The Italian Society became The SocietyFounded by Guiseppe Codognotto to cater to Italian immigrants, the famous Bourke Street restaurant, The Italian Society, was run by the Codognotto family until 1984. During the war years, to avoid anti-Italian sentiment, the name was changed to simply The Society. After 1984 it went through several changes of ownership and name, but  returned to its roots under the DiMattina Group. The restaurant closed in 2016.

Migrant brothers Giuseppe and Antonio Codognotto first opened The Italian Society in 1923 as club for their compatriots. The original premises were at 54 Little Bourke Street.  and moved to its Bourke Street premises in 1932. Guiseppe’s died in 1938 and his  son, Rino, took over.

World War II brought challenges, with many of the restaurant’s Italian staff arrested an interned as enemy aliens. Rino was conscripted into the army. It was during this time that the word “Italian” was expunged from the restaurant’s name. Rino returned after five years and continued to run The Society until his retirement in 1984.

The Society struggled with Melbourne’s antiquated liquor laws. Despite trying to avoid prosecution by giving away “free” wine with meals, there were a number of run-ins with the law. In 1952, the restaurant was granted a wine licence, but only until 6pm.The Society menu cover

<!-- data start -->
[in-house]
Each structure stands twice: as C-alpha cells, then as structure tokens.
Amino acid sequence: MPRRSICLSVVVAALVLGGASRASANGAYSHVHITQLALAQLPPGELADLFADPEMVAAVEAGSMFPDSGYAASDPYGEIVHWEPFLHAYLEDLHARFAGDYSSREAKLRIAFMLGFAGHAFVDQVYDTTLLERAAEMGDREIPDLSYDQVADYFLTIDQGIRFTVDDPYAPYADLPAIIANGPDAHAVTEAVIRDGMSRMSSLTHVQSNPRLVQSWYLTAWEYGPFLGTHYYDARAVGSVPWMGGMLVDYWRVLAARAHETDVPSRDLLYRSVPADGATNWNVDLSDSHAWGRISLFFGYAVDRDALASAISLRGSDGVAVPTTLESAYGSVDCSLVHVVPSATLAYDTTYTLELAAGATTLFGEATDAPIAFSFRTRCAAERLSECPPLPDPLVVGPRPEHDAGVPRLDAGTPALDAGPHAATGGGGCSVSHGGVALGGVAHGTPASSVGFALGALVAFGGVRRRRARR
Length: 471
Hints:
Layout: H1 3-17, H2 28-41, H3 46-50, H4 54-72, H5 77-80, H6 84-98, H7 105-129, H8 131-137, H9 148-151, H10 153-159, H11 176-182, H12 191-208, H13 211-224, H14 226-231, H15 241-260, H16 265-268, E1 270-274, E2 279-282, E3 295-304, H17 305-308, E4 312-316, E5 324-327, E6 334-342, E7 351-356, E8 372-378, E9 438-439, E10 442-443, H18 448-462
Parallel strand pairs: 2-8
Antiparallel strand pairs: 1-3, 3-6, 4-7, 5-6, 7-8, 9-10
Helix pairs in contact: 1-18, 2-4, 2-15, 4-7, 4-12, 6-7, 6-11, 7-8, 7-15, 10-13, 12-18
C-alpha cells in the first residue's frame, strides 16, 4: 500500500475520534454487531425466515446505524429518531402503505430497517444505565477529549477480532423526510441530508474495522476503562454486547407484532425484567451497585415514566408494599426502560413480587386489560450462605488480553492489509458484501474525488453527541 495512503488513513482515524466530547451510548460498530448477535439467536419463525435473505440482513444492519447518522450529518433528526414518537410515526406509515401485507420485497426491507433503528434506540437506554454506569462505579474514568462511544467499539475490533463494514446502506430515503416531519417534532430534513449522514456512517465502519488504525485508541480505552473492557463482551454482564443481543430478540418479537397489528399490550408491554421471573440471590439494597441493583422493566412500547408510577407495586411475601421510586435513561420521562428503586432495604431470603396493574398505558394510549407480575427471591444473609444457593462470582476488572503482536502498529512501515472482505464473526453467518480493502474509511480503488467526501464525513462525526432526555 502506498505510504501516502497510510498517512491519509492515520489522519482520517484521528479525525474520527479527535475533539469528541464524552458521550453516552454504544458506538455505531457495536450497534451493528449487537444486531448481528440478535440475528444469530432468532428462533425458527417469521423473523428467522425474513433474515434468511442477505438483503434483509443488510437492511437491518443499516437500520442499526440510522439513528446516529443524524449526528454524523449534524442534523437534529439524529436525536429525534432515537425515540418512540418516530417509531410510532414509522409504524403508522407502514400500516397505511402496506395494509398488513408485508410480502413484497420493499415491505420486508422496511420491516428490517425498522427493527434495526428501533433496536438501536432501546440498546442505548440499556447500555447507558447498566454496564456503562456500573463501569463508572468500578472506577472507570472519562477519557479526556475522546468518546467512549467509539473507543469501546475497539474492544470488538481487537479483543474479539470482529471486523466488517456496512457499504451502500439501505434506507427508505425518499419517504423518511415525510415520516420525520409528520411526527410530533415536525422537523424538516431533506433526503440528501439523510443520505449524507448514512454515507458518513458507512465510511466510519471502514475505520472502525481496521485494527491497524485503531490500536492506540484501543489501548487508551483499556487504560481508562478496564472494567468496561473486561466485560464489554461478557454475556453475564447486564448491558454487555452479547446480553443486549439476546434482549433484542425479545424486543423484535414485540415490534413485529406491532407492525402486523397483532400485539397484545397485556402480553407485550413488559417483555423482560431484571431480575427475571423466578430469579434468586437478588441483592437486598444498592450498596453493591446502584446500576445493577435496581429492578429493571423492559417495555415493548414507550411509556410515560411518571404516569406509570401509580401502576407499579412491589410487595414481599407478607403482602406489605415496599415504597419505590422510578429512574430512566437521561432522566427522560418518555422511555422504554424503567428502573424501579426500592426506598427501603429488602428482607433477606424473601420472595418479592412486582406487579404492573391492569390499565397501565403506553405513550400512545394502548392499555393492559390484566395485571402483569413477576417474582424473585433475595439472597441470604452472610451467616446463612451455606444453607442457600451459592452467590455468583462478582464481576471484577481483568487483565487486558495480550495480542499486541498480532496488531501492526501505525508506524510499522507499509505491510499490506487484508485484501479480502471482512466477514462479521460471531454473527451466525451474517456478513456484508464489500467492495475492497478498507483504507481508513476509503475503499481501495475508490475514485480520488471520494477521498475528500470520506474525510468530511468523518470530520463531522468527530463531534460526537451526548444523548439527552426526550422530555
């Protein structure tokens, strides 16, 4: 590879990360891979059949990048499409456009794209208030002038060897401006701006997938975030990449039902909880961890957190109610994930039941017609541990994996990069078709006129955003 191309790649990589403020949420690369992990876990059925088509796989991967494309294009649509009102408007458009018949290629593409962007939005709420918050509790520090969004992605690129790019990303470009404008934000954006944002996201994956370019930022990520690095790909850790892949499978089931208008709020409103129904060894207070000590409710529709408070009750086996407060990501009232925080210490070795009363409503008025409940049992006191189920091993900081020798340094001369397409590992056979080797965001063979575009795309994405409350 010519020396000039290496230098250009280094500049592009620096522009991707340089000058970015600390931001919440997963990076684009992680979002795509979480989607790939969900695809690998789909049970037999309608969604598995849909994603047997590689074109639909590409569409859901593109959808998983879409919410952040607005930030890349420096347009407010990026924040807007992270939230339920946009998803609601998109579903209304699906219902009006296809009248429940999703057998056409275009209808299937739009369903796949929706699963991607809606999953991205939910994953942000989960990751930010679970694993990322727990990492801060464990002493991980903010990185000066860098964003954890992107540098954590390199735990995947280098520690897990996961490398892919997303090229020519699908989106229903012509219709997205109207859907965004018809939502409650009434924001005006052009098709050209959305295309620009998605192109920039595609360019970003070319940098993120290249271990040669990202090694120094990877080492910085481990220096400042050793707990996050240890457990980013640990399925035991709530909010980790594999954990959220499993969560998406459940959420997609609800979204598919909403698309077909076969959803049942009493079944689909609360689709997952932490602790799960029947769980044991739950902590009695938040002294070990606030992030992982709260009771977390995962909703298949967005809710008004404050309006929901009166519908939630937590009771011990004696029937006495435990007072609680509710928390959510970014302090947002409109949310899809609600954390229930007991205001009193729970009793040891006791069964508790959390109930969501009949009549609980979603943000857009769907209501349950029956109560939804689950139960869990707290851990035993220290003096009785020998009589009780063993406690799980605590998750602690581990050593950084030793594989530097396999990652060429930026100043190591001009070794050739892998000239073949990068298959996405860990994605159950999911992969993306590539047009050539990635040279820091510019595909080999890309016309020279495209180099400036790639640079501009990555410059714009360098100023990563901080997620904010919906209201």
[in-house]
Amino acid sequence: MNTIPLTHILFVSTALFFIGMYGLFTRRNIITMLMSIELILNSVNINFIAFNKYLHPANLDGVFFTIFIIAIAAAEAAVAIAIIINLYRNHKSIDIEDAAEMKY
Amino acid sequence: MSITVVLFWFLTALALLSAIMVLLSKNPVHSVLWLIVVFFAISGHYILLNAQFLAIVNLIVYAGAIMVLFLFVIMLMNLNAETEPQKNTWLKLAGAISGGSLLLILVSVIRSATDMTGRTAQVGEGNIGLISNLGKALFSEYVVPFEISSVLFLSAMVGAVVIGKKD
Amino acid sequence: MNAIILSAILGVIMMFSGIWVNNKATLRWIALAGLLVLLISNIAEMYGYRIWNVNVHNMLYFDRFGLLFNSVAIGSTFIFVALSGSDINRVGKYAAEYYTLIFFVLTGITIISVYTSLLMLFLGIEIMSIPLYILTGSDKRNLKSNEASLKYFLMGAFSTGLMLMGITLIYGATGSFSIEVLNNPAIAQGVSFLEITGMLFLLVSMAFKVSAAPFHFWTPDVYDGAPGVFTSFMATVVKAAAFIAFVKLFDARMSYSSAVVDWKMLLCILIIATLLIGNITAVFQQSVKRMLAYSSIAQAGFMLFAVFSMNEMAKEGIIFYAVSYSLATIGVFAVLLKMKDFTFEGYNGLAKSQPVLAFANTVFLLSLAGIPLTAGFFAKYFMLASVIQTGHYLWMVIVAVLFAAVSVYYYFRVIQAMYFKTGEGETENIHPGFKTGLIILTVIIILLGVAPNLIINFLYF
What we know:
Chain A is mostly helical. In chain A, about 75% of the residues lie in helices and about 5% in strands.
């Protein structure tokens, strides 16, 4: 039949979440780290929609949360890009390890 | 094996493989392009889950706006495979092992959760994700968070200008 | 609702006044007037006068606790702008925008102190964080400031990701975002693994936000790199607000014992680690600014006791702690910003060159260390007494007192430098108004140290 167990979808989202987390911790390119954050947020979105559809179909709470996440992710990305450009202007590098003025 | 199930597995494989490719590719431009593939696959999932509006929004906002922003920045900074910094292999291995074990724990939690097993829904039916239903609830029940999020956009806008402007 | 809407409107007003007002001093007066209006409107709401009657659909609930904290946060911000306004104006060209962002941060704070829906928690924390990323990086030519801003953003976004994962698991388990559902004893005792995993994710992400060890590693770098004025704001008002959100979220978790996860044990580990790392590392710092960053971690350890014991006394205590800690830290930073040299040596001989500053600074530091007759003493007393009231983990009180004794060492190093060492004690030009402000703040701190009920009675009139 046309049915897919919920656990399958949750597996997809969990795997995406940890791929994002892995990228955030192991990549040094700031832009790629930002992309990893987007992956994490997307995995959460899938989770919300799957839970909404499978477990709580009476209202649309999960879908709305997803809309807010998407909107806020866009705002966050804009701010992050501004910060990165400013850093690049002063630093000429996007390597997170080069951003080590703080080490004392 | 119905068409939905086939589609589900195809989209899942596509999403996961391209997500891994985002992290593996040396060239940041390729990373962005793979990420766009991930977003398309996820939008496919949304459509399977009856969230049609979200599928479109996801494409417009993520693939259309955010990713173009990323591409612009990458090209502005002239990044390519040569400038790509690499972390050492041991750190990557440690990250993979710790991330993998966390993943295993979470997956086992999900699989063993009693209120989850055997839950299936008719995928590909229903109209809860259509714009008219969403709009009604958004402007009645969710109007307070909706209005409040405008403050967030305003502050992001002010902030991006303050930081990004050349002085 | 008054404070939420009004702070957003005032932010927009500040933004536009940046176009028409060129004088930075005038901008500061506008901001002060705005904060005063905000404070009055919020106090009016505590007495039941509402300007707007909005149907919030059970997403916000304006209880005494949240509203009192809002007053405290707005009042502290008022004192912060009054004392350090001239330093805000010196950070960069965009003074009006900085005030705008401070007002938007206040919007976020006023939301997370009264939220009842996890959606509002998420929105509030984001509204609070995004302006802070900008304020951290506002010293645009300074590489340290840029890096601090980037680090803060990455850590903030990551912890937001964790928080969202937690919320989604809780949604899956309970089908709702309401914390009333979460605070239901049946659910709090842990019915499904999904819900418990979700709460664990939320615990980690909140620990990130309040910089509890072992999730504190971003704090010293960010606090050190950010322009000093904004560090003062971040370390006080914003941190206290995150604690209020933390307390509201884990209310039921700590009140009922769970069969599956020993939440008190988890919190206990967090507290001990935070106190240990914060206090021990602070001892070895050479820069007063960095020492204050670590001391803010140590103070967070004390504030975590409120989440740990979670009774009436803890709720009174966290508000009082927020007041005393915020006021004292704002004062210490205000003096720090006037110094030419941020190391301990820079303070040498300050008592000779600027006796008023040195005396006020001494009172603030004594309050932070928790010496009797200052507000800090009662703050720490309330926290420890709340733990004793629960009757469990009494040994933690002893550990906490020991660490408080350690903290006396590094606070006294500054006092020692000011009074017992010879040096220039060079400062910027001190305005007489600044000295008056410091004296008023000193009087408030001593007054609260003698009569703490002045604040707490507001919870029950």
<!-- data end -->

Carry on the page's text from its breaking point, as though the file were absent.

After Rino’s retirement the Codognotto family continued to own the building, but the restaurant lease was sold. It went through a series of name changes until acquired by the DiMattina group in 2007.

The DiMattinas were no strangers to the food scene. Frank Di Mattina (senior) came to Australia in 1922 and started Mocopan Coffee, a wholesale food business. He and a cousin, Joe, were among the first to bring espresso machines into Australia. His son, also Frank, was the first in the family to branch out into restaurants. He started Il Gambero in Lygon Street, Carlton – memorable to me for the first time, back in the 1970s, that I experienced a genuine Italian fritto misto. Frank, together with other family members, also opened DiMattina’s in Lygon Street and Blue Train at Melbourne’s Southgate.

Taking over at The Society in 2007 was Frank junior’s son Paul.  The menu, while still offering a range of pasta dishes, had an international rather than a truly Italian focus (curry sabayon, indeed?). However, the glory days were past.  The restaurant closed in 2016 and in 2017 the property in Bourke Street was sold for $8.07 million.